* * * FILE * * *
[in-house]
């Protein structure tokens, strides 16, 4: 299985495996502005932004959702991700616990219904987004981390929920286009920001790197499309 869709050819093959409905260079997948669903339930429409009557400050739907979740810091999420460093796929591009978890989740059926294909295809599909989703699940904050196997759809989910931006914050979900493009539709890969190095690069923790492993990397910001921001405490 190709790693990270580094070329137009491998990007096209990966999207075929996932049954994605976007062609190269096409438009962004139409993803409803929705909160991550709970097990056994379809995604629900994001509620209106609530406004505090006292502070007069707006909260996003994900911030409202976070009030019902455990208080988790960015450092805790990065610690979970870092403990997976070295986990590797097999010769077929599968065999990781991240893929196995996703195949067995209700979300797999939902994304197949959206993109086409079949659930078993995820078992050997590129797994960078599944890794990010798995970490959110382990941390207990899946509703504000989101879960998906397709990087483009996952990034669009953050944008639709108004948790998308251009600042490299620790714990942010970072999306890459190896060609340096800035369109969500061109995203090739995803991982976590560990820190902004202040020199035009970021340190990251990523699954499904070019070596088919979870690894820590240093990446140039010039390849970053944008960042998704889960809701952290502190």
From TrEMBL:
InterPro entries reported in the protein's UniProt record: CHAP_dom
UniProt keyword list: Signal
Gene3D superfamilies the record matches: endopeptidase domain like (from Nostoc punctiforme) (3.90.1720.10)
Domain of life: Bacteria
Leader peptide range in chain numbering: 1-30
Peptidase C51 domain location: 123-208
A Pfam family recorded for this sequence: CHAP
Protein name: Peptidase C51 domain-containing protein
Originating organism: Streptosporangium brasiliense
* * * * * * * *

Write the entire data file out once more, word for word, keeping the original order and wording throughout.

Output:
[in-house]
């Protein structure tokens, strides 16, 4: 299985495996502005932004959702991700616990219904987004981390929920286009920001790197499309 869709050819093959409905260079997948669903339930429409009557400050739907979740810091999420460093796929591009978890989740059926294909295809599909989703699940904050196997759809989910931006914050979900493009539709890969190095690069923790492993990397910001921001405490 190709790693990270580094070329137009491998990007096209990966999207075929996932049954994605976007062609190269096409438009962004139409993803409803929705909160991550709970097990056994379809995604629900994001509620209106609530406004505090006292502070007069707006909260996003994900911030409202976070009030019902455990208080988790960015450092805790990065610690979970870092403990997976070295986990590797097999010769077929599968065999990781991240893929196995996703195949067995209700979300797999939902994304197949959206993109086409079949659930078993995820078992050997590129797994960078599944890794990010798995970490959110382990941390207990899946509703504000989101879960998906397709990087483009996952990034669009953050944008639709108004948790998308251009600042490299620790714990942010970072999306890459190896060609340096800035369109969500061109995203090739995803991982976590560990820190902004202040020199035009970021340190990251990523699954499904070019070596088919979870690894820590240093990446140039010039390849970053944008960042998704889960809701952290502190």
From TrEMBL:
InterPro entries reported in the protein's UniProt record: CHAP_dom
UniProt keyword list: Signal
Gene3D superfamilies the record matches: endopeptidase domain like (from Nostoc punctiforme) (3.90.1720.10)
Domain of life: Bacteria
Leader peptide range in chain numbering: 1-30
Peptidase C51 domain location: 123-208
A Pfam family recorded for this sequence: CHAP
Protein name: Peptidase C51 domain-containing protein
Originating organism: Streptosporangium brasiliense